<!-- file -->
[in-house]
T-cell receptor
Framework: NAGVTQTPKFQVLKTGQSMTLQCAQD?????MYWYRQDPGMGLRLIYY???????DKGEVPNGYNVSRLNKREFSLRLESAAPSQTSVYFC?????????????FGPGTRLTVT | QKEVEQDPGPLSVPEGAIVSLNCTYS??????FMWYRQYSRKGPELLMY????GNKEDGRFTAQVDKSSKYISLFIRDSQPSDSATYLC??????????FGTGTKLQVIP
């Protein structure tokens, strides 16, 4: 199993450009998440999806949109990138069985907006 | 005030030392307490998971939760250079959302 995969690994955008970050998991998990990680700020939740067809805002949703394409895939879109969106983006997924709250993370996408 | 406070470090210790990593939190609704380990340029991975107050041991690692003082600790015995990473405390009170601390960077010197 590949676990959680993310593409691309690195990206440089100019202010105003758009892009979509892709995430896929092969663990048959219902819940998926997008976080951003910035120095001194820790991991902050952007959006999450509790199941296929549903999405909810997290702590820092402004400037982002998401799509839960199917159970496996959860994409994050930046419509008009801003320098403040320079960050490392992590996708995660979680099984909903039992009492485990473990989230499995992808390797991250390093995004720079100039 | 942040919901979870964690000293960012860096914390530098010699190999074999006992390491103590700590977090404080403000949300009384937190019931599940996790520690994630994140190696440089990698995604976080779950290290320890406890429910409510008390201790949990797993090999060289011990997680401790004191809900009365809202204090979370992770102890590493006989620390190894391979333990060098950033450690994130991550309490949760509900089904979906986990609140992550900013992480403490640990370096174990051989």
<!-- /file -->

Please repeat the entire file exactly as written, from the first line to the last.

[in-house]
T-cell receptor
Framework: NAGVTQTPKFQVLKTGQSMTLQCAQD?????MYWYRQDPGMGLRLIYY???????DKGEVPNGYNVSRLNKREFSLRLESAAPSQTSVYFC?????????????FGPGTRLTVT | QKEVEQDPGPLSVPEGAIVSLNCTYS??????FMWYRQYSRKGPELLMY????GNKEDGRFTAQVDKSSKYISLFIRDSQPSDSATYLC??????????FGTGTKLQVIP
């Protein structure tokens, strides 16, 4: 199993450009998440999806949109990138069985907006 | 005030030392307490998971939760250079959302 995969690994955008970050998991998990990680700020939740067809805002949703394409895939879109969106983006997924709250993370996408 | 406070470090210790990593939190609704380990340029991975107050041991690692003082600790015995990473405390009170601390960077010197 590949676990959680993310593409691309690195990206440089100019202010105003758009892009979509892709995430896929092969663990048959219902819940998926997008976080951003910035120095001194820790991991902050952007959006999450509790199941296929549903999405909810997290702590820092402004400037982002998401799509839960199917159970496996959860994409994050930046419509008009801003320098403040320079960050490392992590996708995660979680099984909903039992009492485990473990989230499995992808390797991250390093995004720079100039 | 942040919901979870964690000293960012860096914390530098010699190999074999006992390491103590700590977090404080403000949300009384937190019931599940996790520690994630994140190696440089990698995604976080779950290290320890406890429910409510008390201790949990797993090999060289011990997680401790004191809900009365809202204090979370992770102890590493006989620390190894391979333990060098950033450690994130991550309490949760509900089904979906986990609140992550900013992480403490640990370096174990051989």